In a controversial move, last week, President Donald Trump reversed his predecessor’s guidelines allowing transgender students in public schools to use the bathroom of their choice.
The removal of federal protection sparked nationwide protests, with LGBT+ advocates denouncing the decision as immoral and unconstitutional under Title IX, which bans sex discrimination in education. Still, it remains unclear whether the law extends to a person’s gender identity.
“As President Trump has clearly stated, he believes policy regarding transgender bathrooms should be decided at the state level,” the White House released in a statement to media outlets.
English teacher Kenley Smith says she feels for transgender students, but she hopes young people get even more involved in the political process.
“Maybe President Trump’s actions will finally make people speak up,” she said. “There is hope that the drastic actions undertaken will bring more attention to LGBT+ struggles.”
Alexis Ifill ’17 feels strongly that the absence of gender-fluid bathrooms denormalizes gender fluidity and trans youth. “It’s not fair for these kids not not grow up with the rights to use a bathroom that corresponds with their gender identity,” she says.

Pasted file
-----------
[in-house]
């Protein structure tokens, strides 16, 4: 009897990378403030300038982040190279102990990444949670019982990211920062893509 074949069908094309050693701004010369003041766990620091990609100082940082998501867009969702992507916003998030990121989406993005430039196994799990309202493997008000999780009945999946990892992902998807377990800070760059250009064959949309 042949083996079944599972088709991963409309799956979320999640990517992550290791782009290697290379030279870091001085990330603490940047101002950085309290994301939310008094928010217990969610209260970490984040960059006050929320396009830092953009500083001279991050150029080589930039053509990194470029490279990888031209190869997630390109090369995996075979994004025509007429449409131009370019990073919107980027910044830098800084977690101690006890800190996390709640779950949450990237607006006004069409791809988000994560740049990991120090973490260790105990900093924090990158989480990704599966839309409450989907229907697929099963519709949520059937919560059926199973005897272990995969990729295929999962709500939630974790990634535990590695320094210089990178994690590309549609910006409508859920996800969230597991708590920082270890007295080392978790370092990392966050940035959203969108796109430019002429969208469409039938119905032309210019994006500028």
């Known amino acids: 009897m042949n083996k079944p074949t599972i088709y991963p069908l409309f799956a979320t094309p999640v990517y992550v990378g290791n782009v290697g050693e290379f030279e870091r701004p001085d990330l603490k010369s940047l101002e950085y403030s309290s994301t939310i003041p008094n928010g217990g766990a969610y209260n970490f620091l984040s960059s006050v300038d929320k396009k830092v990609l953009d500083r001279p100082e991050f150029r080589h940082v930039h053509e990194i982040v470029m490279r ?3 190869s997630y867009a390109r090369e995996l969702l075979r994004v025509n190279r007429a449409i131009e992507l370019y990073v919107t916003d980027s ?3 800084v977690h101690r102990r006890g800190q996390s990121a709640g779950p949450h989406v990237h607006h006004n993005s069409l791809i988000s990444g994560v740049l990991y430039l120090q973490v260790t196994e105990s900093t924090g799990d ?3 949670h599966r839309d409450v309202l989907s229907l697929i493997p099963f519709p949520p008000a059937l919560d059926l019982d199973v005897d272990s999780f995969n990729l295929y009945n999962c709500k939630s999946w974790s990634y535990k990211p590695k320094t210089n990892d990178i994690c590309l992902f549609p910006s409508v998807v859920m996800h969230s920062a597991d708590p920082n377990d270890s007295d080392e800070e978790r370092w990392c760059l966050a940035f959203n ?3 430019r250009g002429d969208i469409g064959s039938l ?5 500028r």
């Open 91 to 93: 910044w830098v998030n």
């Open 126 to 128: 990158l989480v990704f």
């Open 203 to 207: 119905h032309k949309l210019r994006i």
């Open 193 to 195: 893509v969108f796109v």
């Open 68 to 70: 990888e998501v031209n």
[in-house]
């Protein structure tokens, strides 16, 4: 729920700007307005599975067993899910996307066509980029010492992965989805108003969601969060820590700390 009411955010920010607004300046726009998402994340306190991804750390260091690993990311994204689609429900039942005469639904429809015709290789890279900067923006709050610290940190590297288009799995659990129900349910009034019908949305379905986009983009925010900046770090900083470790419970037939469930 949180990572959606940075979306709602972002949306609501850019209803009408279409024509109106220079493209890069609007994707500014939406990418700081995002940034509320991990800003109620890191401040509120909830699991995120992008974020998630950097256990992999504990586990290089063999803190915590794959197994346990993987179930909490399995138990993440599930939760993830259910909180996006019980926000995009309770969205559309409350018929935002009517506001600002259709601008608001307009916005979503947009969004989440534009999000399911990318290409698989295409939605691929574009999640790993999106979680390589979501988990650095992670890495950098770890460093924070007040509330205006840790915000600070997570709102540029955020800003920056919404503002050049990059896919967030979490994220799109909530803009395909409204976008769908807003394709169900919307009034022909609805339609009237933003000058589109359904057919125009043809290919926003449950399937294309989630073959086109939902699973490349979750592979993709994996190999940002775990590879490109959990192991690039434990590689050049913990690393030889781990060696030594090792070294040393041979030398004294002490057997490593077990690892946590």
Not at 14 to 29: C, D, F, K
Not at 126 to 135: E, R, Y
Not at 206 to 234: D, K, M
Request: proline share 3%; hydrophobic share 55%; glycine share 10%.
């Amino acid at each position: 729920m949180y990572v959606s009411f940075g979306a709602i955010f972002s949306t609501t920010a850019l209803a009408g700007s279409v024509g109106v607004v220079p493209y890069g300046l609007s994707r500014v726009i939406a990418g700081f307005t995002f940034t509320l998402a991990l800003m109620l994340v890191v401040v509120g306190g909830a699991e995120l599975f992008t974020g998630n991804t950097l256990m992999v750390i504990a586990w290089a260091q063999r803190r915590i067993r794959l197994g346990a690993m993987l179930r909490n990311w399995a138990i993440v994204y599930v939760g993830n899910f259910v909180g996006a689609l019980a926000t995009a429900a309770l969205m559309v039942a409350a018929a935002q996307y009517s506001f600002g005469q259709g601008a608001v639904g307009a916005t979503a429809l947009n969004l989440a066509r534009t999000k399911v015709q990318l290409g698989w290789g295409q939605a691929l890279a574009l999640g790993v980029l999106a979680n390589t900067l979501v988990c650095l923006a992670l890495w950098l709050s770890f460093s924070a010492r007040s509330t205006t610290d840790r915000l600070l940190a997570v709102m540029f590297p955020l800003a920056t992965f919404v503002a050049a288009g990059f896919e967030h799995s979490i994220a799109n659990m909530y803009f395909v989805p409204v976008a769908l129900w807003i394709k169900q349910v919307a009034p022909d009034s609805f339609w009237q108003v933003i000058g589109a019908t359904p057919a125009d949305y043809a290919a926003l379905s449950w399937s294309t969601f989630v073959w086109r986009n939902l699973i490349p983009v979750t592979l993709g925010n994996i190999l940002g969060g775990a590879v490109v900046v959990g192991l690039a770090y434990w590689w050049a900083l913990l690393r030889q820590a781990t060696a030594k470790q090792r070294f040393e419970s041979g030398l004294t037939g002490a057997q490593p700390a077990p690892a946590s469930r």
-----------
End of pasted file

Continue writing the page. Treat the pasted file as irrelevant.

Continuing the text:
Ifill also supports gender-neutral bathrooms, which, she says, “alleviates insecurity and anxiety about where to go to the bathroom.” In fact, in a Feb. 26 Washington Post column, Thomas Lewis, an 18-year old South Dakota high school senior, directly addressed Ifill’s concern.
“The counselor has advised me not to use the men’s room,” Lewis writes. “Because I’m male, the thought of using the girls’ bathroom makes me upset and uncomfortable, as if I’m doing something that just doesn’t feel right. As a result, I am forced to leave school at lunch to use the bathroom at home.”
After several years of making “huge leaps forward” with LGBT+ rights, Anja Westhues ’20 says, “it feels like much of the hard work is being undone.”
“It was ill-advised for Trump to revoke Obama’s ruling on trans students in public school bathrooms,” says Stephen Moreno Jimenez ’20 says. “This will leave a large, negative impact on the acceptance of trans youth and the LGBT+ community.”
According to Upper School Head Josh Neudel, several all-gender bathrooms are planned to be included in the new Chase addition. Zack Rocklin-Waltch ’17, who leads the Gender Sexuality Acceptance club, says that all-gender bathrooms are becoming more common in public places and colleges, and that “it’s an awesome idea” for Brimmer to follow suit.